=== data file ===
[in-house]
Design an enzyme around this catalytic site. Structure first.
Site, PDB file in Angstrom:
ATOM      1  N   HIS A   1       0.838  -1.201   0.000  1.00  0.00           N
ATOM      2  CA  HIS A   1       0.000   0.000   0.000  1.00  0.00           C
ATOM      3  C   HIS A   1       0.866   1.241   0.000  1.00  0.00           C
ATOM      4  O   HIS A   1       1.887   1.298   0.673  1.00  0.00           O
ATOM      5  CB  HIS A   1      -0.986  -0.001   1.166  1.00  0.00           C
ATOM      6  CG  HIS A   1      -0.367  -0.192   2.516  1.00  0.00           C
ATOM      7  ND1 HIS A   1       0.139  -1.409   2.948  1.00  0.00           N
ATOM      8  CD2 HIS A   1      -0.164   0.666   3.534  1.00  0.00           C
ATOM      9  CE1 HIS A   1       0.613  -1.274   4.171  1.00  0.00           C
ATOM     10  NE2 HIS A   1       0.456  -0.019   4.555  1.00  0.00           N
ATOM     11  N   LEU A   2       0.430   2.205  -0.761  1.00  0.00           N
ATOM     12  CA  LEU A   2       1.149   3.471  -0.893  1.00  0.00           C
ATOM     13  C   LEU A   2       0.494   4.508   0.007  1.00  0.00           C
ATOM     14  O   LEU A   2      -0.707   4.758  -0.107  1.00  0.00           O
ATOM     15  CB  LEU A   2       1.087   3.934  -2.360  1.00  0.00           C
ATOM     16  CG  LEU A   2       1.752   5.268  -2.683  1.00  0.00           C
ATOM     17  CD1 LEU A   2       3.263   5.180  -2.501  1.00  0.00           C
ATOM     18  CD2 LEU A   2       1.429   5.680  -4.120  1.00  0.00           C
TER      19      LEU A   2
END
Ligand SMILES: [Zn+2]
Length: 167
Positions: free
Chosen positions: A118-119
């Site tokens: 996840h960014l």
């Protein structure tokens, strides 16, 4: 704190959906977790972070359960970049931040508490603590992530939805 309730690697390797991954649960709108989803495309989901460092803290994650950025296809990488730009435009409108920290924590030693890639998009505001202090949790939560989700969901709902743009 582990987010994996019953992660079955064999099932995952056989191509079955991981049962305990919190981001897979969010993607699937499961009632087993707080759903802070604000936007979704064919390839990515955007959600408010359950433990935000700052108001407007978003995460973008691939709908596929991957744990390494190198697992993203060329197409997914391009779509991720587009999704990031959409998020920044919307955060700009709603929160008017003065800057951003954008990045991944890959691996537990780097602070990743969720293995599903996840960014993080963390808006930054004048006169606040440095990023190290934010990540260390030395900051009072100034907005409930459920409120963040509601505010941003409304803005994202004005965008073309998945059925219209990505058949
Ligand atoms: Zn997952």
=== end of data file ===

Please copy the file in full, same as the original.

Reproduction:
[in-house]
Design an enzyme around this catalytic site. Structure first.
Site, PDB file in Angstrom:
ATOM      1  N   HIS A   1       0.838  -1.201   0.000  1.00  0.00           N
ATOM      2  CA  HIS A   1       0.000   0.000   0.000  1.00  0.00           C
ATOM      3  C   HIS A   1       0.866   1.241   0.000  1.00  0.00           C
ATOM      4  O   HIS A   1       1.887   1.298   0.673  1.00  0.00           O
ATOM      5  CB  HIS A   1      -0.986  -0.001   1.166  1.00  0.00           C
ATOM      6  CG  HIS A   1      -0.367  -0.192   2.516  1.00  0.00           C
ATOM      7  ND1 HIS A   1       0.139  -1.409   2.948  1.00  0.00           N
ATOM      8  CD2 HIS A   1      -0.164   0.666   3.534  1.00  0.00           C
ATOM      9  CE1 HIS A   1       0.613  -1.274   4.171  1.00  0.00           C
ATOM     10  NE2 HIS A   1       0.456  -0.019   4.555  1.00  0.00           N
ATOM     11  N   LEU A   2       0.430   2.205  -0.761  1.00  0.00           N
ATOM     12  CA  LEU A   2       1.149   3.471  -0.893  1.00  0.00           C
ATOM     13  C   LEU A   2       0.494   4.508   0.007  1.00  0.00           C
ATOM     14  O   LEU A   2      -0.707   4.758  -0.107  1.00  0.00           O
ATOM     15  CB  LEU A   2       1.087   3.934  -2.360  1.00  0.00           C
ATOM     16  CG  LEU A   2       1.752   5.268  -2.683  1.00  0.00           C
ATOM     17  CD1 LEU A   2       3.263   5.180  -2.501  1.00  0.00           C
ATOM     18  CD2 LEU A   2       1.429   5.680  -4.120  1.00  0.00           C
TER      19      LEU A   2
END
Ligand SMILES: [Zn+2]
Length: 167
Positions: free
Chosen positions: A118-119
């Site tokens: 996840h960014l």
């Protein structure tokens, strides 16, 4: 704190959906977790972070359960970049931040508490603590992530939805 309730690697390797991954649960709108989803495309989901460092803290994650950025296809990488730009435009409108920290924590030693890639998009505001202090949790939560989700969901709902743009 582990987010994996019953992660079955064999099932995952056989191509079955991981049962305990919190981001897979969010993607699937499961009632087993707080759903802070604000936007979704064919390839990515955007959600408010359950433990935000700052108001407007978003995460973008691939709908596929991957744990390494190198697992993203060329197409997914391009779509991720587009999704990031959409998020920044919307955060700009709603929160008017003065800057951003954008990045991944890959691996537990780097602070990743969720293995599903996840960014993080963390808006930054004048006169606040440095990023190290934010990540260390030395900051009072100034907005409930459920409120963040509601505010941003409304803005994202004005965008073309998945059925219209990505058949
Ligand atoms: Zn997952």